FITC Toronto 2014
  • 2014-04-27 00:00:00 2014-04-29 00:00:00 America/Toronto FITC Toronto 2014 Toronto FITC
  • Toronto




Both TV and the web overflow with brain scans, neural prostheses, brain medicines and brain drama. But most audiences have no idea how the brain works, and school biology has not kept pace. Enter Backyard Brains… conceived and shipped from a humble maker space in Ann Arbor, MI, their SpikerBoxes and mobile phone apps re-engineer complex and expensive university lab devices to demonstrate living neuron function in real time with inexpensive open technology.

The information unit of the nervous system is a “spike”, similar to a computer bit, but info is coded by timing and frequency of spikes (tiny electrical impulses lasting 1/1000 of a sec). The textbook description of spikes is often dull, but seeing and hearing spikes “POP” from a cockroach leg or human hand in real time is captivating. Backyard Brains’ compact and cheap devices spread neuronal excitement to young biologists and teachers.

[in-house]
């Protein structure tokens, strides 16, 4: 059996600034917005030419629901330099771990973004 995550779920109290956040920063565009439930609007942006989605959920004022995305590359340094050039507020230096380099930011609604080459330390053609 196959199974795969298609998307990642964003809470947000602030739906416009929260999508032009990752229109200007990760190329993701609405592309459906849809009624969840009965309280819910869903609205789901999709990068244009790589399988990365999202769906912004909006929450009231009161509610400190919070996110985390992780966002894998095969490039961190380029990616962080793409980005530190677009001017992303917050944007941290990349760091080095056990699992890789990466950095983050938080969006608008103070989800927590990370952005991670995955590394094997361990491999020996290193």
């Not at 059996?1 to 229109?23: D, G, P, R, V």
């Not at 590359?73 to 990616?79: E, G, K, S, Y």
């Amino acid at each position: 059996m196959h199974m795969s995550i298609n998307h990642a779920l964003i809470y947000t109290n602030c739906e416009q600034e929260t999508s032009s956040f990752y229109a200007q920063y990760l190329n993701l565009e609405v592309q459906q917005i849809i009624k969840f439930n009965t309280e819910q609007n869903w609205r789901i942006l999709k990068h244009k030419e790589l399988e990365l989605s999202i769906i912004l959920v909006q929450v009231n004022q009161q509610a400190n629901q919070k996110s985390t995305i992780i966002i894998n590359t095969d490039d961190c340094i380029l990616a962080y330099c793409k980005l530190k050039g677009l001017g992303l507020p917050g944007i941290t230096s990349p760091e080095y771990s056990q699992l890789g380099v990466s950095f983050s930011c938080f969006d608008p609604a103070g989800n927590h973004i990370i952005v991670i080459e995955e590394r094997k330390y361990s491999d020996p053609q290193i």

These technologies side-step previous insurmountable equipment costs and technical SNAFUs to enable easy live classroom demonstrations. Smart phone cables and Apps provide a “free” oscilloscope display or very usable “microscope.” For college students, Backyard Brains provides a complete compact electrophysiology rig. All products are accompanied with online lesson plans and lab guides. The impact of these devices are apparent only with a live demonstration.